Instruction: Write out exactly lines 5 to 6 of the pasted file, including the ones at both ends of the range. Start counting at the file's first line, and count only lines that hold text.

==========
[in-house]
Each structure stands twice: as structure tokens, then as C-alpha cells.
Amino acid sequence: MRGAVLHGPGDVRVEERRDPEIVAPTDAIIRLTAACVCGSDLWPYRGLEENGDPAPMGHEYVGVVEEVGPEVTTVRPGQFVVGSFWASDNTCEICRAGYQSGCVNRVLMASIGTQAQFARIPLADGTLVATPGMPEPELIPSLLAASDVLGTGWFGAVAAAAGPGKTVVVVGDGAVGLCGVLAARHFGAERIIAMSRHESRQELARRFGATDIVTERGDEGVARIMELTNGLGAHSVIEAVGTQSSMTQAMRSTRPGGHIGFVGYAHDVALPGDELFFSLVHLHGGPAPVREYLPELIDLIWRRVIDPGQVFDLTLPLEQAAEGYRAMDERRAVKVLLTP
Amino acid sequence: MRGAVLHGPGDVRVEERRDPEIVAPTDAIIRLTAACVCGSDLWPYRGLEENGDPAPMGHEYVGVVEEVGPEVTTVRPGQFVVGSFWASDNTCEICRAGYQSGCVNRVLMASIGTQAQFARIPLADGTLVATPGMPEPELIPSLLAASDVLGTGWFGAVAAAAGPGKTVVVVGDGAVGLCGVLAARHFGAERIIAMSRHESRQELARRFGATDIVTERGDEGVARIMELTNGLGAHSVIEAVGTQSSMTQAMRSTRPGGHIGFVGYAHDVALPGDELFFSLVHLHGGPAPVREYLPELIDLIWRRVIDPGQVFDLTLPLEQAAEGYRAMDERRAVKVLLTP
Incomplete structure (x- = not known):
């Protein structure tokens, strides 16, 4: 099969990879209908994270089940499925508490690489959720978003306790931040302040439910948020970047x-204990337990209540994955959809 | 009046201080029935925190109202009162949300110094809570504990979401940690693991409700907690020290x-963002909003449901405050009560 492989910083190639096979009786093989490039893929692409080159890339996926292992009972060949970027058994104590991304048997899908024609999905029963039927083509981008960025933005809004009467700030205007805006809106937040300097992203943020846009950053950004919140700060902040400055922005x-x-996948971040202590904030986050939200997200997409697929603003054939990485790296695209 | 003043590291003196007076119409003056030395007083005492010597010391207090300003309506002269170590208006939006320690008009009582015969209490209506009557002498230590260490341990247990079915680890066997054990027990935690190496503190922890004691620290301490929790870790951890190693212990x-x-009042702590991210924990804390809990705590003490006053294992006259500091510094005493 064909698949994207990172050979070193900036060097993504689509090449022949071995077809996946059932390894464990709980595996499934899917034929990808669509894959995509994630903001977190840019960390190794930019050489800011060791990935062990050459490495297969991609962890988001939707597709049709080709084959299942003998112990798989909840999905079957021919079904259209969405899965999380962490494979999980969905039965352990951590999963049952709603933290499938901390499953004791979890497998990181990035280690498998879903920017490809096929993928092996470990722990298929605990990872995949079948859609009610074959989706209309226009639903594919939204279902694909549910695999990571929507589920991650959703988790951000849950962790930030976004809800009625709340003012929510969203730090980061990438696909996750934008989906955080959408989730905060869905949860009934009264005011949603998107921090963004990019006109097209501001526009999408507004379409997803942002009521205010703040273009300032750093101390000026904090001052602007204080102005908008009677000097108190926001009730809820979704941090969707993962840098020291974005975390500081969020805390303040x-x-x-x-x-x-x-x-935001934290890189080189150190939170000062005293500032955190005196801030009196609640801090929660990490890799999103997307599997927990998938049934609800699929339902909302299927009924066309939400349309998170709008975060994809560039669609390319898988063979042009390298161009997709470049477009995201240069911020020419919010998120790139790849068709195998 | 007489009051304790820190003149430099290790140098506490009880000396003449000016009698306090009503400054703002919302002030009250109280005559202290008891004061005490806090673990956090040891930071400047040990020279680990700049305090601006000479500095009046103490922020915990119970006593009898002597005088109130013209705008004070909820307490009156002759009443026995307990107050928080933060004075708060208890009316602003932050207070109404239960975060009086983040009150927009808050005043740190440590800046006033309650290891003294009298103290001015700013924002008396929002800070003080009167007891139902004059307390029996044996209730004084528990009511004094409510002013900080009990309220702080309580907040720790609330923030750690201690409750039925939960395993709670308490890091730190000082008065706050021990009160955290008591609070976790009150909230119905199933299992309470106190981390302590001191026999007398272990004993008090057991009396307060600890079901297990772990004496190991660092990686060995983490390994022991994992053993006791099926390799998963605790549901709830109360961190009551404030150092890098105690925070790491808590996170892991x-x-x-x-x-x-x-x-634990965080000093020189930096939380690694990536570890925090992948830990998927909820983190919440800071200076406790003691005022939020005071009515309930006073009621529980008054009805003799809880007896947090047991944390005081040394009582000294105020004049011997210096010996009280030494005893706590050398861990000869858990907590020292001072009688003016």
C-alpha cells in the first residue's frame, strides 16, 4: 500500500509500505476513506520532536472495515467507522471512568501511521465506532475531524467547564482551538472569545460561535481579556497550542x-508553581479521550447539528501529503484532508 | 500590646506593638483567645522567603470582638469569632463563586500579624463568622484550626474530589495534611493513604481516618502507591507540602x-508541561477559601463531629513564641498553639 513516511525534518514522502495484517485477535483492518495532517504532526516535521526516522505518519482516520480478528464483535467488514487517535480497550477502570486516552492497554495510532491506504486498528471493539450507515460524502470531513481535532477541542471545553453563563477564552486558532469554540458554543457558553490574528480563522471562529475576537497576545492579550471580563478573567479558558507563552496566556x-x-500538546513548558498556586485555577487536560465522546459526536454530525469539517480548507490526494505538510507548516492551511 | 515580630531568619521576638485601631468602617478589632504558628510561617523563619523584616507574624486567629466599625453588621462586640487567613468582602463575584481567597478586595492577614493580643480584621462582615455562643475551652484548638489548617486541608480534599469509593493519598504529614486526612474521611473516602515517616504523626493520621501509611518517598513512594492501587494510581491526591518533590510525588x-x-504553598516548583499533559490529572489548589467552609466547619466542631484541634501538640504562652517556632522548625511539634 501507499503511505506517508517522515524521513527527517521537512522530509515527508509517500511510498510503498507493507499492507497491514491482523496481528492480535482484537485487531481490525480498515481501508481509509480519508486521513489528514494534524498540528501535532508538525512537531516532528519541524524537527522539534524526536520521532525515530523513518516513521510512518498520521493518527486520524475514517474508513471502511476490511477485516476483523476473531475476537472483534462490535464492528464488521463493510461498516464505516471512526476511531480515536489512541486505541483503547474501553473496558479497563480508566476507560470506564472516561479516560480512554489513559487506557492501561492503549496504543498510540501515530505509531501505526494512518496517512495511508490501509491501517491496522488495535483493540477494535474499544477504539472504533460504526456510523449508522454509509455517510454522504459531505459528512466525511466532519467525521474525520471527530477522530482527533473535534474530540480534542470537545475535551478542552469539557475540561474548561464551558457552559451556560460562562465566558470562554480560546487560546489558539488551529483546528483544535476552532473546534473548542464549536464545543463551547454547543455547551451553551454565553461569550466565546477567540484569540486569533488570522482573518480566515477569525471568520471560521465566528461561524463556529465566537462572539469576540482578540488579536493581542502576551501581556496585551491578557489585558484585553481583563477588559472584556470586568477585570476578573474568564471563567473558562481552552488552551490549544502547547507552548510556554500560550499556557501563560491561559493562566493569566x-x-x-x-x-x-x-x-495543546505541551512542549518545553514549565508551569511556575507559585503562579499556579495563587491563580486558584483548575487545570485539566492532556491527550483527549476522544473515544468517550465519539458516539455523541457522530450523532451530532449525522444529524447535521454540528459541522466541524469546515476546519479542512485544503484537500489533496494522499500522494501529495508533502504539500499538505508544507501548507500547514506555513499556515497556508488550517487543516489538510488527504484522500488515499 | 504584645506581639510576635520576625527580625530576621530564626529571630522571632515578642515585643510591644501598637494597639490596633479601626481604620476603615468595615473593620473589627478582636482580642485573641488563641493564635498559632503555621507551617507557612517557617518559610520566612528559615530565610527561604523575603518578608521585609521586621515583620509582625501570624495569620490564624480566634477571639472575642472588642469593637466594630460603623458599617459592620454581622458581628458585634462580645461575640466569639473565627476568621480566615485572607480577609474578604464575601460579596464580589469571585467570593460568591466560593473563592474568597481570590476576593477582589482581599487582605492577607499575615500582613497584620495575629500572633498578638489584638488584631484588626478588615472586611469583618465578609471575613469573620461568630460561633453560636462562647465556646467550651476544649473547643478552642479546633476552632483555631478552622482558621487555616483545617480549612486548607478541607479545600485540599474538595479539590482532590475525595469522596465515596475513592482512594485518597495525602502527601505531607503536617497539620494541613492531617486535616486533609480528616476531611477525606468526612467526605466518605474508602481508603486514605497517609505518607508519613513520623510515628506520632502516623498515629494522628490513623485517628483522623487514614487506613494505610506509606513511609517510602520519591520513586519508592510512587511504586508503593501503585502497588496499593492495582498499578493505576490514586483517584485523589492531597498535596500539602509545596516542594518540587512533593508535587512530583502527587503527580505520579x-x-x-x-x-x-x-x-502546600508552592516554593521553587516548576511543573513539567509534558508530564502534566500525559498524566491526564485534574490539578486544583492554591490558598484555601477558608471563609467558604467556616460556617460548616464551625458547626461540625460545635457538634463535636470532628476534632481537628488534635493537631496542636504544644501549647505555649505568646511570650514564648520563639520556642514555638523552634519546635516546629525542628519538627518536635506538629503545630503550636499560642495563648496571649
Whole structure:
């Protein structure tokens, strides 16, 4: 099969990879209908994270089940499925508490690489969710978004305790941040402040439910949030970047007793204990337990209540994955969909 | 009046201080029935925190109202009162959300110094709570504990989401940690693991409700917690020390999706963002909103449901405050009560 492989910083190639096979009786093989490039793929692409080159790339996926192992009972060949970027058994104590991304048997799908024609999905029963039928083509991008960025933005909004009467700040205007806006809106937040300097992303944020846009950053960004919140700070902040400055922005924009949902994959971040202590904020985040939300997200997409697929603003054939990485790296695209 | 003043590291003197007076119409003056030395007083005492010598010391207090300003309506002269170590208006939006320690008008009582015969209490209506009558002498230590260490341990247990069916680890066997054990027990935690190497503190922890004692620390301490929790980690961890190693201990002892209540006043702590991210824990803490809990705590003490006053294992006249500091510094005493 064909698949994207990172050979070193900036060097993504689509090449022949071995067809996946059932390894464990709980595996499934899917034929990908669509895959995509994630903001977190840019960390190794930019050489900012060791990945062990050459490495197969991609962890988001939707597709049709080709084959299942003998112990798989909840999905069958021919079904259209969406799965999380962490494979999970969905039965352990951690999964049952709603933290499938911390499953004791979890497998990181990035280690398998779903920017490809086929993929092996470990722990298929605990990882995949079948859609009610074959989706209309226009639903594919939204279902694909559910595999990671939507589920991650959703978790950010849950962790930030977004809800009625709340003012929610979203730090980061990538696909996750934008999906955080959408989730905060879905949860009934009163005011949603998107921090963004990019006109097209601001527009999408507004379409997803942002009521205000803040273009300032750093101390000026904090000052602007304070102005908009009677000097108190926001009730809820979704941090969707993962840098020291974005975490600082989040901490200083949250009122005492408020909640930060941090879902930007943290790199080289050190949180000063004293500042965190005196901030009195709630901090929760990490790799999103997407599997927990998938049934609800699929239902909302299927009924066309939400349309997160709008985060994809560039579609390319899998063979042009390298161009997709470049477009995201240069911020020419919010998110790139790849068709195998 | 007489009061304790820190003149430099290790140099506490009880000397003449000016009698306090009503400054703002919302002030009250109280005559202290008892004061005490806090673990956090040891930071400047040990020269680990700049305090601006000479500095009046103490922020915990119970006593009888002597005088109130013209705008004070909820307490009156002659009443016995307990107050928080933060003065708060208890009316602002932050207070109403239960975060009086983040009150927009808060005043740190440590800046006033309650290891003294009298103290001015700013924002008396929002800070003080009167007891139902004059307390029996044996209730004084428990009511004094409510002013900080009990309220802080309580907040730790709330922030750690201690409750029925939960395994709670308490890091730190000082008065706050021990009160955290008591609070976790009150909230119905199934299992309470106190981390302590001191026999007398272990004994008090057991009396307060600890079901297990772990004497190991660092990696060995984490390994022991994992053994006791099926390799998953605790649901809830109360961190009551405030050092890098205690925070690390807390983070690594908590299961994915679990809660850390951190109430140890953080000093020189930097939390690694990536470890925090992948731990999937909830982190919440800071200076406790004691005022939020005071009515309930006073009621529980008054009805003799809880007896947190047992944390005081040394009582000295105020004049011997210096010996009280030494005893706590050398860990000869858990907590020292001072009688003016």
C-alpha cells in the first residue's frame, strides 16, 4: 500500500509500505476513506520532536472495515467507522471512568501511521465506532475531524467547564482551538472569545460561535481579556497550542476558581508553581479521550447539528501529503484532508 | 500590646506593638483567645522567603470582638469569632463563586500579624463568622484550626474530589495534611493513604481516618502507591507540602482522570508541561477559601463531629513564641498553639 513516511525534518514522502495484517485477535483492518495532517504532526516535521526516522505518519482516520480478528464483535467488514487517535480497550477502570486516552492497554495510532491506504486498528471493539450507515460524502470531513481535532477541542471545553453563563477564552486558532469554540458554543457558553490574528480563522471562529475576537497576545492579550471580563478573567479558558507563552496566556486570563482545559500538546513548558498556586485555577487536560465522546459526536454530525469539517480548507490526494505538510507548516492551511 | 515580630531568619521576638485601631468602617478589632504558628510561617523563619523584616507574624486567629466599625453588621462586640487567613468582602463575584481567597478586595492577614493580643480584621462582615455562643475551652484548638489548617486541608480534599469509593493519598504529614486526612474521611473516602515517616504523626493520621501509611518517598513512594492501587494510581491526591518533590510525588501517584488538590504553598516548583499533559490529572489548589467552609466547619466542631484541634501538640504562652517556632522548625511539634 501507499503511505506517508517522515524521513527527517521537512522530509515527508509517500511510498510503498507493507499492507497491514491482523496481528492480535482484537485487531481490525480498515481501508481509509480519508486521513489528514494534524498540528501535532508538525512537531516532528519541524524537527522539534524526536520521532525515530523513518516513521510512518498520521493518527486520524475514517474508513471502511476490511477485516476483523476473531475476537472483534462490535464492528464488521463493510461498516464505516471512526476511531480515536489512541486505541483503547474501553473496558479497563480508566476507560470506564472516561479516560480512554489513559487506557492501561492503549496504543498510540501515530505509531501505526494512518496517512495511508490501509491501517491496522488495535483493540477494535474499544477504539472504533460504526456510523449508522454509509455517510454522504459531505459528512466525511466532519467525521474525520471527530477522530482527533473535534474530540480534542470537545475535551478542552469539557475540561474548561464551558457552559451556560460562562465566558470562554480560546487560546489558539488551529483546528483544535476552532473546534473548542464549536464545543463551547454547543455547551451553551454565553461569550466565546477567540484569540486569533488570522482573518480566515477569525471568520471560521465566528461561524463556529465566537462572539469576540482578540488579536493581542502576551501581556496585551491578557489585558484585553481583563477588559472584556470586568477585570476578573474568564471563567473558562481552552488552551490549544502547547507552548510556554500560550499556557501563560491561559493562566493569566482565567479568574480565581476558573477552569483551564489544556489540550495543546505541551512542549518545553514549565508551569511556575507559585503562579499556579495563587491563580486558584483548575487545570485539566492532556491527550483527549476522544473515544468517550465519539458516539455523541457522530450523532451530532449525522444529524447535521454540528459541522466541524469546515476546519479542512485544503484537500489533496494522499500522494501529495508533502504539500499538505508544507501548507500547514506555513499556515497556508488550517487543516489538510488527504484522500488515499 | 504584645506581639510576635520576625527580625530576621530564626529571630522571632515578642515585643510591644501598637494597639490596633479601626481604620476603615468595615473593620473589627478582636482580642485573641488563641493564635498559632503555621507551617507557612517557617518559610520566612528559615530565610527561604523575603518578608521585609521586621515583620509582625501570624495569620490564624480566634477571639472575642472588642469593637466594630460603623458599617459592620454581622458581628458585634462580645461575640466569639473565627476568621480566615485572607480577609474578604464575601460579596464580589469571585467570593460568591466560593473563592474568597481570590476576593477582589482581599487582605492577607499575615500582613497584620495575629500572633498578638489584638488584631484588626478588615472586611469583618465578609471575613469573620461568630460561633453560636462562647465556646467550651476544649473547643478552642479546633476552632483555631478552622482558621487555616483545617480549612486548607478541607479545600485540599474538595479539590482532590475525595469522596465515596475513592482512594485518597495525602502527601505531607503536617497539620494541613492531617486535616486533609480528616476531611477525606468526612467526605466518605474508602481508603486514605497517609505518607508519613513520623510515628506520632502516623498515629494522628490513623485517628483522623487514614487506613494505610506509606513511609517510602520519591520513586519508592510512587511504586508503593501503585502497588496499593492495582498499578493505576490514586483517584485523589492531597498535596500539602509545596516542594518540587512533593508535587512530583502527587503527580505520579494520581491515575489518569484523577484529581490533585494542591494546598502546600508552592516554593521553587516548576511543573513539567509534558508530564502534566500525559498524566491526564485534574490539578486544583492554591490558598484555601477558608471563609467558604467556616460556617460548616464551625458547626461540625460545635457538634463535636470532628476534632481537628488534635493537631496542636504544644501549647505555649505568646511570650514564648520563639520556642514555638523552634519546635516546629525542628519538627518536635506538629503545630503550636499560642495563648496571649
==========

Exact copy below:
Incomplete structure (x- = not known):
């Protein structure tokens, strides 16, 4: 099969990879209908994270089940499925508490690489959720978003306790931040302040439910948020970047x-204990337990209540994955959809 | 009046201080029935925190109202009162949300110094809570504990979401940690693991409700907690020290x-963002909003449901405050009560 492989910083190639096979009786093989490039893929692409080159890339996926292992009972060949970027058994104590991304048997899908024609999905029963039927083509981008960025933005809004009467700030205007805006809106937040300097992203943020846009950053950004919140700060902040400055922005x-x-996948971040202590904030986050939200997200997409697929603003054939990485790296695209 | 003043590291003196007076119409003056030395007083005492010597010391207090300003309506002269170590208006939006320690008009009582015969209490209506009557002498230590260490341990247990079915680890066997054990027990935690190496503190922890004691620290301490929790870790951890190693212990x-x-009042702590991210924990804390809990705590003490006053294992006259500091510094005493 064909698949994207990172050979070193900036060097993504689509090449022949071995077809996946059932390894464990709980595996499934899917034929990808669509894959995509994630903001977190840019960390190794930019050489800011060791990935062990050459490495297969991609962890988001939707597709049709080709084959299942003998112990798989909840999905079957021919079904259209969405899965999380962490494979999980969905039965352990951590999963049952709603933290499938901390499953004791979890497998990181990035280690498998879903920017490809096929993928092996470990722990298929605990990872995949079948859609009610074959989706209309226009639903594919939204279902694909549910695999990571929507589920991650959703988790951000849950962790930030976004809800009625709340003012929510969203730090980061990438696909996750934008989906955080959408989730905060869905949860009934009264005011949603998107921090963004990019006109097209501001526009999408507004379409997803942002009521205010703040273009300032750093101390000026904090001052602007204080102005908008009677000097108190926001009730809820979704941090969707993962840098020291974005975390500081969020805390303040x-x-x-x-x-x-x-x-935001934290890189080189150190939170000062005293500032955190005196801030009196609640801090929660990490890799999103997307599997927990998938049934609800699929339902909302299927009924066309939400349309998170709008975060994809560039669609390319898988063979042009390298161009997709470049477009995201240069911020020419919010998120790139790849068709195998 | 007489009051304790820190003149430099290790140098506490009880000396003449000016009698306090009503400054703002919302002030009250109280005559202290008891004061005490806090673990956090040891930071400047040990020279680990700049305090601006000479500095009046103490922020915990119970006593009898002597005088109130013209705008004070909820307490009156002759009443026995307990107050928080933060004075708060208890009316602003932050207070109404239960975060009086983040009150927009808050005043740190440590800046006033309650290891003294009298103290001015700013924002008396929002800070003080009167007891139902004059307390029996044996209730004084528990009511004094409510002013900080009990309220702080309580907040720790609330923030750690201690409750039925939960395993709670308490890091730190000082008065706050021990009160955290008591609070976790009150909230119905199933299992309470106190981390302590001191026999007398272990004993008090057991009396307060600890079901297990772990004496190991660092990686060995983490390994022991994992053993006791099926390799998963605790549901709830109360961190009551404030150092890098105690925070790491808590996170892991x-x-x-x-x-x-x-x-634990965080000093020189930096939380690694990536570890925090992948830990998927909820983190919440800071200076406790003691005022939020005071009515309930006073009621529980008054009805003799809880007896947090047991944390005081040394009582000294105020004049011997210096010996009280030494005893706590050398861990000869858990907590020292001072009688003016």